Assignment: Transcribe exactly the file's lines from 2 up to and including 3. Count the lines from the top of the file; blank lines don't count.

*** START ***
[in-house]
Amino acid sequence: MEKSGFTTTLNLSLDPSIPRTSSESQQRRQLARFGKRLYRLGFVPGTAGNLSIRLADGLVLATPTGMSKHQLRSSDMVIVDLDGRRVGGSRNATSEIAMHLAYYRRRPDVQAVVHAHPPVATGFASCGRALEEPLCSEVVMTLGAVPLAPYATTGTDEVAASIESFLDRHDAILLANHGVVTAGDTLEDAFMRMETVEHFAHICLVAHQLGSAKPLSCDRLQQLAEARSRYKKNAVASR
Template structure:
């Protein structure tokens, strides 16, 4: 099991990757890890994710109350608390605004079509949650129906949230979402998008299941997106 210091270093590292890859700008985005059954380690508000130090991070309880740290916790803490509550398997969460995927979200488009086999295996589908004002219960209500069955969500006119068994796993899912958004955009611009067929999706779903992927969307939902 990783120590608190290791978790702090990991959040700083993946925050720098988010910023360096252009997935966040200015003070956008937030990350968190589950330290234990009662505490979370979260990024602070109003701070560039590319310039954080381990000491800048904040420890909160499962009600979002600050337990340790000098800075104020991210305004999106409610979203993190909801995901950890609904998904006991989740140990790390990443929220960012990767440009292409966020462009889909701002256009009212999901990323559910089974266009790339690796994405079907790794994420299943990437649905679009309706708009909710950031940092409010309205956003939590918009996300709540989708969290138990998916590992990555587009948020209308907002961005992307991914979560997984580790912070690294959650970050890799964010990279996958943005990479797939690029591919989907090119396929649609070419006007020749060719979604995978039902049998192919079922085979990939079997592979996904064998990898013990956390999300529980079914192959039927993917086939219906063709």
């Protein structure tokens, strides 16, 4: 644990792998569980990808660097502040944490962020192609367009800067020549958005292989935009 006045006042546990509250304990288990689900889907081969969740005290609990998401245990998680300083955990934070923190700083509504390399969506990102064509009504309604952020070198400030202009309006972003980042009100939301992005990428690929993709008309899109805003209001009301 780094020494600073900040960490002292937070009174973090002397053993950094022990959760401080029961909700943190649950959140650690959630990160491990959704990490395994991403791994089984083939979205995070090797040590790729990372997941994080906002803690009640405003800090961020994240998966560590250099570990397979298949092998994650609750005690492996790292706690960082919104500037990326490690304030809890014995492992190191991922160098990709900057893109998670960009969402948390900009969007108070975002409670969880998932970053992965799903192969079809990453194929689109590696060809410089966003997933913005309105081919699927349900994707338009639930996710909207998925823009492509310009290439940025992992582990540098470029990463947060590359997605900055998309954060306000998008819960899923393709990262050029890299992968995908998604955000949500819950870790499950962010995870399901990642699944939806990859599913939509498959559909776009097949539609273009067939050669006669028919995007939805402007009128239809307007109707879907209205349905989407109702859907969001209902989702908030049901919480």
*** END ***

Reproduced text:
Amino acid sequence: MEKSGFTTTLNLSLDPSIPRTSSESQQRRQLARFGKRLYRLGFVPGTAGNLSIRLADGLVLATPTGMSKHQLRSSDMVIVDLDGRRVGGSRNATSEIAMHLAYYRRRPDVQAVVHAHPPVATGFASCGRALEEPLCSEVVMTLGAVPLAPYATTGTDEVAASIESFLDRHDAILLANHGVVTAGDTLEDAFMRMETVEHFAHICLVAHQLGSAKPLSCDRLQQLAEARSRYKKNAVASR
Template structure: